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Fit to Eat: Package Deals

Three succulent, good-for-you salmon dishes -- all cooked in easy-to-make parchment packets -- deliver a full meal plus a side of heart health.

Salmon needs no introduction. With its lively orange-pink color, distinctive taste, and rich texture, the fish is as beautiful on the plate as it is delicious.

But even if you already know and love salmon, you may not love grilling the same plain fillet over and over. So it's nice to discover new ways to prepare the fish, such as this simple parchment-packet method: Wrap up salmon with a smattering of vegetables, herbs, and other add-ons, and place it in the oven. The parcel will practically cook itself. Trapped in moist heat, the ingredients create a flavor-packed dish with very little added fat. For health-conscious diners who love to eat, nothing is lost and everything is gained, including time (the pouch bakes in less than 15 minutes).

Health experts, of course, have all kinds of reasons to love salmon. And even if we've heard many of the benefits before, they're impressive enough to bear repeating: Salmon contains abundant amounts of omega-3s, which protect the heart in multiple ways, says Andrew DeFilippis, a cardiologist at Johns Hopkins University School of Medicine. "Like aspirin, they keep platelets in the blood from getting too sticky and clogging up arteries. They lower triglycerides, which may in turn help raise good cholesterol levels, and they reduce blood pressure -- potentially enough, over the long term, to help prevent heart disease," he says. According to a 2008 report from the Harvard School of Public Health, one to two servings of oily fish a week can reduce the risk of death from cardiovascular disease by 36 percent.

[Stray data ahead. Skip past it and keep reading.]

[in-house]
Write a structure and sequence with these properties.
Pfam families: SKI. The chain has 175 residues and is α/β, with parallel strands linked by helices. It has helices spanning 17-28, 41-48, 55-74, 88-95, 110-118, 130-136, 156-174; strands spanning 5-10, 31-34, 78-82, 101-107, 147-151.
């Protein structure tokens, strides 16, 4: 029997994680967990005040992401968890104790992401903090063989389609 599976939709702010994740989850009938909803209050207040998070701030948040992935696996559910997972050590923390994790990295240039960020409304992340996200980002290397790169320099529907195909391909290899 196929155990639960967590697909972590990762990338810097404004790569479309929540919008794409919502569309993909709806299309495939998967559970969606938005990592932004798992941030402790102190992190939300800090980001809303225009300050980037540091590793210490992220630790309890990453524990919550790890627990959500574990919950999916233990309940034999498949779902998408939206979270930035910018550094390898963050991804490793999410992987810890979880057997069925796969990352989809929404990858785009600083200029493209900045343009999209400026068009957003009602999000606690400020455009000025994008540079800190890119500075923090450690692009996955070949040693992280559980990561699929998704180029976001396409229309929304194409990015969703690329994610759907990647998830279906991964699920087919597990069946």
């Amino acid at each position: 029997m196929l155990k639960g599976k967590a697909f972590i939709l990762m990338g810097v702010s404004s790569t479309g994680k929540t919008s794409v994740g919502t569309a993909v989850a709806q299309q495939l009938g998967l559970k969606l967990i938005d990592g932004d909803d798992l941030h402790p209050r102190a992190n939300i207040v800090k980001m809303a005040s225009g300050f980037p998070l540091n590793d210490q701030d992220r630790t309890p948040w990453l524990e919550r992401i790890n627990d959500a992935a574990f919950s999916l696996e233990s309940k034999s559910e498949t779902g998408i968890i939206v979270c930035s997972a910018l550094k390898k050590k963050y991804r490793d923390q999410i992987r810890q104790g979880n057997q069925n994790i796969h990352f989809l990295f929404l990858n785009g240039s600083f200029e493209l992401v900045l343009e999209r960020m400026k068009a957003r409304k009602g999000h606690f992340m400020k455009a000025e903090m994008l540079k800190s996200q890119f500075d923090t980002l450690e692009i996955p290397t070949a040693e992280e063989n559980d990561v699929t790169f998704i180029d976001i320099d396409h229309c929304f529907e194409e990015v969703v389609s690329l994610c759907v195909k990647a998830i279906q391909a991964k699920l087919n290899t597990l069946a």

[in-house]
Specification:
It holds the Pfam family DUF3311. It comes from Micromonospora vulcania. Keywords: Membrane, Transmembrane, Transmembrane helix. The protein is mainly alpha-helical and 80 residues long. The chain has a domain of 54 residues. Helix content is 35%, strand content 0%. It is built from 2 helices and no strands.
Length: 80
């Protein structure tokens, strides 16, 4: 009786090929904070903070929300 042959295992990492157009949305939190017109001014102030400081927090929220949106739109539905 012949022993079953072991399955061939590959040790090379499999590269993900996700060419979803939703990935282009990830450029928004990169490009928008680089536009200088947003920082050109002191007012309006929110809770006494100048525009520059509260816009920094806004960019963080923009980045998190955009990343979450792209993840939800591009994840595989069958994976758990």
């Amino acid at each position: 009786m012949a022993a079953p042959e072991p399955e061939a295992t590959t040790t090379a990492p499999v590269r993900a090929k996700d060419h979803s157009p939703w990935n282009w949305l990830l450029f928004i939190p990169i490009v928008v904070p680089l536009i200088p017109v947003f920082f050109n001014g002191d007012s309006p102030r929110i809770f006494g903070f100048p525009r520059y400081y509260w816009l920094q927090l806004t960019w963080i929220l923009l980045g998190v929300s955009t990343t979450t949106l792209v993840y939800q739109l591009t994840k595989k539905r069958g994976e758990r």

If that's not reason enough to visit your fishmonger, recent evidence suggests that fish oils help fight inflammation and reduce the risk of chronic diseases such as arthritis. Eating fish regularly may also reduce the risk of strokes and age-related memory loss.

Salmon -- farmed or wild -- is significantly lower in mercury than other fish. Many chefs recommend splurging on wild varieties, since they're richer in flavor and don't contain synthetic dyes. According to the Monterey Bay Aquarium's Seafood Watch, wild salmon is also a better choice environmentally; some offshore farms use pesticides and antibiotics, which pollute the water. Thanks to conservation efforts, wild salmon, especially varieties from Alaska, are available fresh seasonally and frozen at other times, so it's easy to reel some in.

Prep, Wrap, Eat
Start by arranging the ingredients on a sheet of parchment. Fold the paper to form a compact, half-moon shape, pleating the edges to close. (The more pleats you fold and the sharper the creases, the tighter the seal, which will keep aromatic steam from escaping.) Bake the parcels, and unwrap at the table.

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